Incompetence 101

An F in economics. That's what the Broward County school board earned when they rushed to fire construction firm Church and Tower, only to be sued for millions.

The construction firm of Church and Tower, founded by the late Cuban exile leader Jorge Mas Canosa, may as well have been branded with a scarlet letter b.

For bad, as in bad news.

Even though the firm was a financial success, the press was terrible, and its reputation suffered. In early 1999 Broward County sheriff Ken Jenne was pounding the company for delays and poor workmanship in building a $25 million jail in Pompano Beach. In Miami-Dade, Church and Tower was embroiled in a paving scandal that, even though no wrongdoing was proved against the firm, shredded its public image with allegations.

The school board policy forbade former school construction chief Ray de la Feuilliez from using his insider status to improperly drum up contracts for a new employer. The policy was promptly broken.
The school board policy forbade former school construction chief Ray de la Feuilliez from using his insider status to improperly drum up contracts for a new employer. The policy was promptly broken.
The school board policy forbade former school construction chief Ray de la Feuilliez from using his insider status to improperly drum up contracts for a new employer. The policy was promptly broken.
Miami Herald
The school board policy forbade former school construction chief Ray de la Feuilliez from using his insider status to improperly drum up contracts for a new employer. The policy was promptly broken.

So it came as no surprise that, during this swirl of bad publicity, the School Board of Broward County rushed to fire Church and Tower in March 1999, terminating its contracts to build middle schools in Weston and Coconut Creek that were budgeted for a total of $37 million. The decision, made at a hastily called special meeting and ostensibly prompted by serious delays in construction, meant that a minimum of about $3 million in site work, architectural design, and actual construction, would be lost. Foundations and walls already built in Weston would be torn down, and a new contractor would come in and start all over again. Beyond the waste of time and money, a costly lawsuit revolving around the firing of Church and Tower was all but certain.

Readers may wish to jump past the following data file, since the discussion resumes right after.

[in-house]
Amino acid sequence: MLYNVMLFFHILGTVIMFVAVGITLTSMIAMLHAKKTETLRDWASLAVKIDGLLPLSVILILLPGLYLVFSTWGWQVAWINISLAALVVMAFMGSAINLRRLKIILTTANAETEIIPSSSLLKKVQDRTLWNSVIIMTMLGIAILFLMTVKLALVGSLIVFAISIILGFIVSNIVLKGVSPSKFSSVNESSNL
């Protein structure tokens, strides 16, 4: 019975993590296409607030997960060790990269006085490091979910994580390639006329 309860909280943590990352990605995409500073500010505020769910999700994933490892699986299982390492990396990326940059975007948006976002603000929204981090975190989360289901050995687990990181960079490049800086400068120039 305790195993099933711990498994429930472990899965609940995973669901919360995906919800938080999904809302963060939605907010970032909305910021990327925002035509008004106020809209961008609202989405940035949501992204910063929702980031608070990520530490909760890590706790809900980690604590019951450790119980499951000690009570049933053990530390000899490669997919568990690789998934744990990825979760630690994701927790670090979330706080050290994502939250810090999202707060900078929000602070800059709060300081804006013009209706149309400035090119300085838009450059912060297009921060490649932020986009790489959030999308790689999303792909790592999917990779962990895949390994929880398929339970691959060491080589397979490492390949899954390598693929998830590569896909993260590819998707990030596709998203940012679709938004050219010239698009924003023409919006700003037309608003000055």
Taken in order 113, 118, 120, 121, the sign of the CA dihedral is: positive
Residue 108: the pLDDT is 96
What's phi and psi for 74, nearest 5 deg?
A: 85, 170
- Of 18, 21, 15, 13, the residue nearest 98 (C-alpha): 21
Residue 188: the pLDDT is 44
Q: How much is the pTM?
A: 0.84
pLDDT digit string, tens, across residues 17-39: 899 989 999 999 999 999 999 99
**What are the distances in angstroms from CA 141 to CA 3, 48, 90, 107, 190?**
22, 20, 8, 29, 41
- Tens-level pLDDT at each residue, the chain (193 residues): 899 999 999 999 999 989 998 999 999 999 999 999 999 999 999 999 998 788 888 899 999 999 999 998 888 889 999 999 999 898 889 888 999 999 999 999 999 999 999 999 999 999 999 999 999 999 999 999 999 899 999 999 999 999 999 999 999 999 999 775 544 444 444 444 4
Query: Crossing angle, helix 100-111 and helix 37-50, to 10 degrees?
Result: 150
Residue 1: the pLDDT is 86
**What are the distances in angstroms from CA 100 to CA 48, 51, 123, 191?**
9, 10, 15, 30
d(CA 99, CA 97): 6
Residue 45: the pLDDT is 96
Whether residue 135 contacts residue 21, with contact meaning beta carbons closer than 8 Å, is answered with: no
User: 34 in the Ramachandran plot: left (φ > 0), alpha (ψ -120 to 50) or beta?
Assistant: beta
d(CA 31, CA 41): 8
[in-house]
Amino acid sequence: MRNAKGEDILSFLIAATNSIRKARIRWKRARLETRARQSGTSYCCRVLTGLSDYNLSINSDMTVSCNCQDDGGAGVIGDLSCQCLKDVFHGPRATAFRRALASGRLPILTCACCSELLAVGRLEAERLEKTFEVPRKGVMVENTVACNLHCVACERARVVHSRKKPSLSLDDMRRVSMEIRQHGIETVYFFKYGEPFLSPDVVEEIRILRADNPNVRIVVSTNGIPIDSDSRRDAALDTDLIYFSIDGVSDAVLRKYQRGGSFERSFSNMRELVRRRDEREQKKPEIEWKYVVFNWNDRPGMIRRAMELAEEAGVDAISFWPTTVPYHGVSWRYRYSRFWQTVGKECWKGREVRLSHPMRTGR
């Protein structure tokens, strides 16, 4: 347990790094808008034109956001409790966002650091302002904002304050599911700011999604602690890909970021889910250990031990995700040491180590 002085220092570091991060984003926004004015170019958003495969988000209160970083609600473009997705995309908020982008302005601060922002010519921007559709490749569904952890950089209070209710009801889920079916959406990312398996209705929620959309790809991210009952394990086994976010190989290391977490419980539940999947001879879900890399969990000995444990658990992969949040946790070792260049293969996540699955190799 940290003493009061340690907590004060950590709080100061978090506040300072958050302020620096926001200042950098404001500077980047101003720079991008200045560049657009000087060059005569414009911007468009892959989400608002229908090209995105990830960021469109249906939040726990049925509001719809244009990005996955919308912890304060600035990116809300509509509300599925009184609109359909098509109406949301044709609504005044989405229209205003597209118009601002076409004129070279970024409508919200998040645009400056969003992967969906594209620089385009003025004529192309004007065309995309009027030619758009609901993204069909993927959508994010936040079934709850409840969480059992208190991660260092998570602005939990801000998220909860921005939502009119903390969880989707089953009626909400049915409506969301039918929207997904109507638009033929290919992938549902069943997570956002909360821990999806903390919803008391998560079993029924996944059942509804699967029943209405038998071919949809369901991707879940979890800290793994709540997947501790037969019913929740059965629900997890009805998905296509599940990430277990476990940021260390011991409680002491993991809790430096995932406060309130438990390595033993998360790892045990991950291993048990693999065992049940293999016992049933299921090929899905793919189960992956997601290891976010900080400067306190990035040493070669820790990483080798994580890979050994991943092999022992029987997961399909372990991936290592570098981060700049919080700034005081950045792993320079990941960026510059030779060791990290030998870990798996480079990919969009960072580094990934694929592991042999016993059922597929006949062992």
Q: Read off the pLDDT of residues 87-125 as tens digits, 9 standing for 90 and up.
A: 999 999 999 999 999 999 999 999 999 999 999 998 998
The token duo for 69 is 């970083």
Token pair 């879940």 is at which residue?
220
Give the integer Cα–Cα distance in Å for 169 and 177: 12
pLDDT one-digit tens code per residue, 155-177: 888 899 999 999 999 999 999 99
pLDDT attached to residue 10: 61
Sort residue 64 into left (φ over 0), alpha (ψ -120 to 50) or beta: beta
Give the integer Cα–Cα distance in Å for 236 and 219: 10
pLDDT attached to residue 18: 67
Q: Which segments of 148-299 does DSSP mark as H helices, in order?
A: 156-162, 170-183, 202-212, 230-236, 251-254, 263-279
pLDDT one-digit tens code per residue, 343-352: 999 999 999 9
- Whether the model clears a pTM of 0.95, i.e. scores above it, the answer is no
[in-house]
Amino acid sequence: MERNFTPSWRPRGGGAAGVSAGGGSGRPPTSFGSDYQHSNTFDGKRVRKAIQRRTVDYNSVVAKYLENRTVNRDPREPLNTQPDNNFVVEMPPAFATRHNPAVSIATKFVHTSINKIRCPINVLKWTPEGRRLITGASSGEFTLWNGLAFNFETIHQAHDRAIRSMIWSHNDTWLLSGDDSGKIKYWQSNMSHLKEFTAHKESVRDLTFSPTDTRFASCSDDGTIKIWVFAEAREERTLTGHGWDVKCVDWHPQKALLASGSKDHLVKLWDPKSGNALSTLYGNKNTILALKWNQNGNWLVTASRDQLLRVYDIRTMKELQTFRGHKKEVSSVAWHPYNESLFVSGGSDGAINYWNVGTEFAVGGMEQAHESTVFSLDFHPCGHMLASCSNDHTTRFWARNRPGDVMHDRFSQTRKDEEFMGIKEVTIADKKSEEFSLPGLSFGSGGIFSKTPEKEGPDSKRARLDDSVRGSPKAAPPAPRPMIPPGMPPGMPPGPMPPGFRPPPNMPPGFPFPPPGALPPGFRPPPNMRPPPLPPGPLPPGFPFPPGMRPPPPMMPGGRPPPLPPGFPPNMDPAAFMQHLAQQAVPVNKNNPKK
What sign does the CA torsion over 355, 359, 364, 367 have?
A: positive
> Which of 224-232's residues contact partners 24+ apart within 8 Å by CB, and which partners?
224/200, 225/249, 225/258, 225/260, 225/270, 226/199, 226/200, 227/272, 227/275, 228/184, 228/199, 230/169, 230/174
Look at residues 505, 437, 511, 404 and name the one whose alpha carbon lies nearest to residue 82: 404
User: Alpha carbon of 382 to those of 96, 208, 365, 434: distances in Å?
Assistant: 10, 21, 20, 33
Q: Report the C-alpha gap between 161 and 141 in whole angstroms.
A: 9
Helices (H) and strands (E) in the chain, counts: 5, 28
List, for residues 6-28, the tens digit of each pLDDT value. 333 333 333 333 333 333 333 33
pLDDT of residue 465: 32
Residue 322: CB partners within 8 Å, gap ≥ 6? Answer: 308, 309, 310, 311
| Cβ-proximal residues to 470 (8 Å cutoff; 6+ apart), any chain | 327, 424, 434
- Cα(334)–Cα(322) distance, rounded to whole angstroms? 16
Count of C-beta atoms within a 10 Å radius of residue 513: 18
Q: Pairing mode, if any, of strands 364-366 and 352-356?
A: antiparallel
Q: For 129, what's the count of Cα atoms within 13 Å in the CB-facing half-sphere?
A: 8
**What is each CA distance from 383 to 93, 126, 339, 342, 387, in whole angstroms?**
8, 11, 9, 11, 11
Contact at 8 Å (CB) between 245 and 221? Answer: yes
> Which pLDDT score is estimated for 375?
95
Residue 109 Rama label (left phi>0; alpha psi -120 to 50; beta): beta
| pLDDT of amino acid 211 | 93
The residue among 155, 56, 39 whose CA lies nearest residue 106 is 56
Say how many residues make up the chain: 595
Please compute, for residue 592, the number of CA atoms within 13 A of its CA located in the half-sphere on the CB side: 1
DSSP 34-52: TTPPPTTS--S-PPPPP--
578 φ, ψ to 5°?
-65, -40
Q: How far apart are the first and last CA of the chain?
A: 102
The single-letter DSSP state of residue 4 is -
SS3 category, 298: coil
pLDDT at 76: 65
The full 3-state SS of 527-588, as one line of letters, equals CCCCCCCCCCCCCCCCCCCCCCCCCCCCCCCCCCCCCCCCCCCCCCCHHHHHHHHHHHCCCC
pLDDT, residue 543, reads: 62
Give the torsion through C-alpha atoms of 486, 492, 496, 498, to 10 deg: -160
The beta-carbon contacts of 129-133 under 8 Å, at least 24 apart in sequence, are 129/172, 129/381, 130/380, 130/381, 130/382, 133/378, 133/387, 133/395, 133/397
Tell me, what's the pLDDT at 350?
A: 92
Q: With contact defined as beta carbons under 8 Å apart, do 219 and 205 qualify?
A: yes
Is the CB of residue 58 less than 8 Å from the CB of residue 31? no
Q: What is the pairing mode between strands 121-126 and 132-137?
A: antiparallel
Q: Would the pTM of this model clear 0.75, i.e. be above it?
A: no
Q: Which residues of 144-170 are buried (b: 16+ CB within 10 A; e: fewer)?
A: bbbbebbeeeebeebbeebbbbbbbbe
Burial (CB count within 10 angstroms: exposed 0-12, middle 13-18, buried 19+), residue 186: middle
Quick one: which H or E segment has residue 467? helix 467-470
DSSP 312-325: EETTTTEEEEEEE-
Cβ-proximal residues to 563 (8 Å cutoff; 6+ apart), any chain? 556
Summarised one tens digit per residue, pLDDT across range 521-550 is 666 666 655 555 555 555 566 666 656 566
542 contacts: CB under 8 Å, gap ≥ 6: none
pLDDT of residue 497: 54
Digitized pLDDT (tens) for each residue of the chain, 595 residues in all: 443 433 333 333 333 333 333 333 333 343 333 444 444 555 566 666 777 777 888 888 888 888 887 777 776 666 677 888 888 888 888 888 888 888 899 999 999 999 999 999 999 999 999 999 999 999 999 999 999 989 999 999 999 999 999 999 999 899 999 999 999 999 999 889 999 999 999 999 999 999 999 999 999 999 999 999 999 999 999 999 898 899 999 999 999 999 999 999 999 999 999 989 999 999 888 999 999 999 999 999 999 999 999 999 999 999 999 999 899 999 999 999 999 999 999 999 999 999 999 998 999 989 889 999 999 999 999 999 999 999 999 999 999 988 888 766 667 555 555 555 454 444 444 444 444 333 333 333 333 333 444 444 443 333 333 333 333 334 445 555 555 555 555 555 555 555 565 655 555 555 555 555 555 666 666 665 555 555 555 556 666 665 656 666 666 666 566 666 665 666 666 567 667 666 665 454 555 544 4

Missed in the highly charged, almost moblike atmosphere was the fact that there wasn't legal cause to terminate the contracts with Church and Tower. Lost in the rush to judgment was the fact that the school board's own construction manager and an outside firm agreed that the projects could have been completed on time. The delays, 120 days' worth, weren't critical, and school board staff members readily concede that some were caused by the school board itself. The decision to fire the firm was so ill-advised that the board's own Construction Overview Committee (COC), made up of respected building experts, disbanded and quit in disgust after the vote. The COC was outraged at the blatant waste of taxpayers' money. "They made that decision based on emotion and politics," says former COC chairman Tom Miller. "Good business had nothing to do with it."